Weeping the departed - ETANDO, a cultural form of art

By Kae Matundu-Tjiparuro
December 2011/January 2012

“Ooweeoowee,” echoes the vibrant voices in chorus but at times solo in myriad differing tones, signalling the sad and sombre mood emanating from the interior of the main house of a homestead, or any other house designated for the vigil.

The ululation is actually a conversation among the mourning women eulogising a deceased through weeping. In the death of one, in the Otjiherero-Otjimbanderu, or Otjihimba culture, a vigil takes place while awaiting the burial. An important aspect of this vigil is a ceremony known as Etando; actual mourning by women. Rarely do men enter into this house. This ceremony, figuratively also referred to as okurira (crying), has been distinctly female. Not that they would necessarily be in a weeping trance of endless tears but they would be having a conversation, sombre, poetic, lyrical resemblence of a murmuring cry to communicate and comfort the bereaved family.

As the news of the sad departure of someone spreads, neighbours, relatives, friends and acquaintances would, in no time, converge at a homestead or house of a senior relative of the deceased. This senior member’s homestead is either one from the deceased matrilineal line in the instance that he is unmarried and or a senior from the patriarchal line if he was married. But, such an assembly is only for when preliminary final arrangements are being made for the vigil. Once the venue of the vigil has been decided upon, as pre-determined according to one`s descent, eyanda and oruzo, a day is determined when the vigil begins officially in the main house. A leading or senior woman linked to the deceased through his patriarchal descent, omuyanua, usually someone who shares the same eyanda as the deceased’s paternal grandfather “opens” the house, for the official beginning of the vigil.

The men would ordinarily be scattered outside the house, in the homestead’s forecourt in groups, in clusters of seniority, by age as well as social status - either by wealth, wisdom or sheer association - or aspiration to either of these clusters.

They would talk, jibe and debate, engage the minds of the bereaved to suspend thoughts of their loss. In turn, the women would crowd the homestead, usually a one-roomed structure, or a designated house if in an urban area. In this house, unlike their fellow male mourners outside, the mannerism of consoling and comforting is not extravagant but more discreet, subdued, tuned down to befit the sad occasion.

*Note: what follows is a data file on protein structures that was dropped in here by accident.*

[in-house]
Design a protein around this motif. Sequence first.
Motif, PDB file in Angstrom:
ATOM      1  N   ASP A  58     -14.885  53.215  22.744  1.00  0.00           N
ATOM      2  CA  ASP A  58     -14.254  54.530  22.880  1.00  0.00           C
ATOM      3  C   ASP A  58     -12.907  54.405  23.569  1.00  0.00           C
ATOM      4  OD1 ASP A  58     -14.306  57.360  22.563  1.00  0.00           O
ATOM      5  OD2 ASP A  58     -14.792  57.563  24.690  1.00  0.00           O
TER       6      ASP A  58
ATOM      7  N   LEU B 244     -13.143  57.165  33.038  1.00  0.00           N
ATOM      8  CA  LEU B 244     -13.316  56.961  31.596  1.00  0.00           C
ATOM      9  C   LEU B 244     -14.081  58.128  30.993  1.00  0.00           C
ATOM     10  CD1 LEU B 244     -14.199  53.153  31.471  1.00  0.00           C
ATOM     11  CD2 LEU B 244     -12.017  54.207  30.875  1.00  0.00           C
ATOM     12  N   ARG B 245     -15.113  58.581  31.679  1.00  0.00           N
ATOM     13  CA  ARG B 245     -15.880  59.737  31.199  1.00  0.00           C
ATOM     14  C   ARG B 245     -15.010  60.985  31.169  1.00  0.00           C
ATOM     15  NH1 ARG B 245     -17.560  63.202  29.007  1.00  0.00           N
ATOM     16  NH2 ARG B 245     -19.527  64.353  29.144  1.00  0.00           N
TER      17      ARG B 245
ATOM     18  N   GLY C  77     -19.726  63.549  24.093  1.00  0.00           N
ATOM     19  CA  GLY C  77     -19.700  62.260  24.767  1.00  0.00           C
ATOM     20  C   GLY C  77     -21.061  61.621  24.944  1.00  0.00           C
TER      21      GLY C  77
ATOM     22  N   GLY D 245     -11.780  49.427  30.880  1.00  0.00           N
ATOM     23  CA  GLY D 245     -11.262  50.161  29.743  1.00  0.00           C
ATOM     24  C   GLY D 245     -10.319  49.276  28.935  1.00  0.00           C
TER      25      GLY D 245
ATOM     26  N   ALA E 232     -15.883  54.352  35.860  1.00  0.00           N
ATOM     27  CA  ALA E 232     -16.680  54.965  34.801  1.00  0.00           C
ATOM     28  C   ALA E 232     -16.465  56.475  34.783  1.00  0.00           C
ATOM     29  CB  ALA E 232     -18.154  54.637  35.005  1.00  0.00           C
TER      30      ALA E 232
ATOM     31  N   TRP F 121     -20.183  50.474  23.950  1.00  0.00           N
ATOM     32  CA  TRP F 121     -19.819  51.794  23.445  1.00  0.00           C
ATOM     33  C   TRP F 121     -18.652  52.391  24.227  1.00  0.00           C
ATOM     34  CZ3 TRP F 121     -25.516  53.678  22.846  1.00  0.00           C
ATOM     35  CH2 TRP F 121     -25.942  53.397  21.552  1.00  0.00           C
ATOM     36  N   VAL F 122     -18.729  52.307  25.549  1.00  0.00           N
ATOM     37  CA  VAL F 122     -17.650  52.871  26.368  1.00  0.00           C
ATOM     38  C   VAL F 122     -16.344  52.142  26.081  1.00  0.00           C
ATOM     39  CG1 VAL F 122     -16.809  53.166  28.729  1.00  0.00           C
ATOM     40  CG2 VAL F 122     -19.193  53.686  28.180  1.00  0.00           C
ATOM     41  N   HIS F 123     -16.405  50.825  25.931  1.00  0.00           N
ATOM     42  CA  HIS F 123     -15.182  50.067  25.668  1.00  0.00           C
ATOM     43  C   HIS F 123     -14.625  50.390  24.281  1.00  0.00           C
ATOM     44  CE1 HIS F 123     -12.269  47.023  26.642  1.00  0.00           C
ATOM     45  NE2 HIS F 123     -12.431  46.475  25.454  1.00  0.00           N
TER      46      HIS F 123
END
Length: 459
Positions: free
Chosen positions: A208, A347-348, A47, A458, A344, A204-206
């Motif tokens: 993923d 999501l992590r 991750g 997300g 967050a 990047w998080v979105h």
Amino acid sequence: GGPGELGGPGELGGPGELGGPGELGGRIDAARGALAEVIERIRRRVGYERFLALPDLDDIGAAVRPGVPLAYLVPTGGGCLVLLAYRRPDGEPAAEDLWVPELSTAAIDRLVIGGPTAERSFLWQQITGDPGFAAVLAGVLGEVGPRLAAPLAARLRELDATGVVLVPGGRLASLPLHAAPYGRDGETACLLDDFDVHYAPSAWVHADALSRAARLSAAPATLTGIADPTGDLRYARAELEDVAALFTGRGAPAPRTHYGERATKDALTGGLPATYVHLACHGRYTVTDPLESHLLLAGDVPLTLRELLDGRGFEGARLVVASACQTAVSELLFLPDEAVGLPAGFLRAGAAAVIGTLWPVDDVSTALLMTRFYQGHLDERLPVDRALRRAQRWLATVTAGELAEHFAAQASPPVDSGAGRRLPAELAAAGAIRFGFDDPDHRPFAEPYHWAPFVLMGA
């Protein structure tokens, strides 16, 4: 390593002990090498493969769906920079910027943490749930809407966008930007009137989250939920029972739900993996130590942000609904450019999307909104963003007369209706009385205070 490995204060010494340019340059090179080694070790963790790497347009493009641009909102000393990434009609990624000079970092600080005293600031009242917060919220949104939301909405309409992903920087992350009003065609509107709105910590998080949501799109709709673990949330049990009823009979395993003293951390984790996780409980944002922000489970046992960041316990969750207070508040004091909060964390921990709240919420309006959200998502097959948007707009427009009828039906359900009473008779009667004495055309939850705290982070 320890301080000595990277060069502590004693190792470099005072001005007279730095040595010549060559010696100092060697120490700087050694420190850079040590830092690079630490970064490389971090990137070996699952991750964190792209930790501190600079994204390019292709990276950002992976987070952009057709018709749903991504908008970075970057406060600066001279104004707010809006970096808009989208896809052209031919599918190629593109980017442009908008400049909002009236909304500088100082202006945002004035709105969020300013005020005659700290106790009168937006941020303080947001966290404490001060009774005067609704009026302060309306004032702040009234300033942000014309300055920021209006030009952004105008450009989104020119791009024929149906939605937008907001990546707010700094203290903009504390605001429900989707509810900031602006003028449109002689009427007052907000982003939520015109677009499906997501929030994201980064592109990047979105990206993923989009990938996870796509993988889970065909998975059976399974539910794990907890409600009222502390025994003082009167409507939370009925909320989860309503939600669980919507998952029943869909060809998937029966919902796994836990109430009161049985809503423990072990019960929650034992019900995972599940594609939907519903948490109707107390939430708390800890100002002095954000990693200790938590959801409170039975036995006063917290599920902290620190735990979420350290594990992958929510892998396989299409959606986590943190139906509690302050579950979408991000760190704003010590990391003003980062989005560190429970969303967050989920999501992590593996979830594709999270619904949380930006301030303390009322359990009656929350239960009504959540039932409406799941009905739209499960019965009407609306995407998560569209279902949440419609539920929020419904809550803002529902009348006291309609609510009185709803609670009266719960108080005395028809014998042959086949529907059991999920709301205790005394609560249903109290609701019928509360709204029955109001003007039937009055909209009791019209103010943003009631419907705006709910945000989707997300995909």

From far asunder, people would be converging on the homestead, women filing into the house in droves to comfort fellow bereaved members of their gender. Tueja vanatje va tate, (we are here, my father’s children) the anointed leader, by her seniority in descent, would announce their arrival again emphasising the centrality of patriarchal descent in this weeping ceremony with reference to “my father’s children.”

The introduction is in a typical lyrical and poetic conversing-weeping correct tone, directed, especially to the leading female member(s) of the bereaved family, the one who “opened” the house to register their presence and to share their bereavement. In turn, she returns the salutation weeping: koree kumuazu, kumuarara (tell us where you are from where you cometh and where you slept). Tuazu konganda ya mandumba ohuwa vanda, comes the response, revealing where the delegation hails from without saying the name of the place but through the praise-singing of the place, in this instance, Katutura. And so the weeping-conversation is unleashed.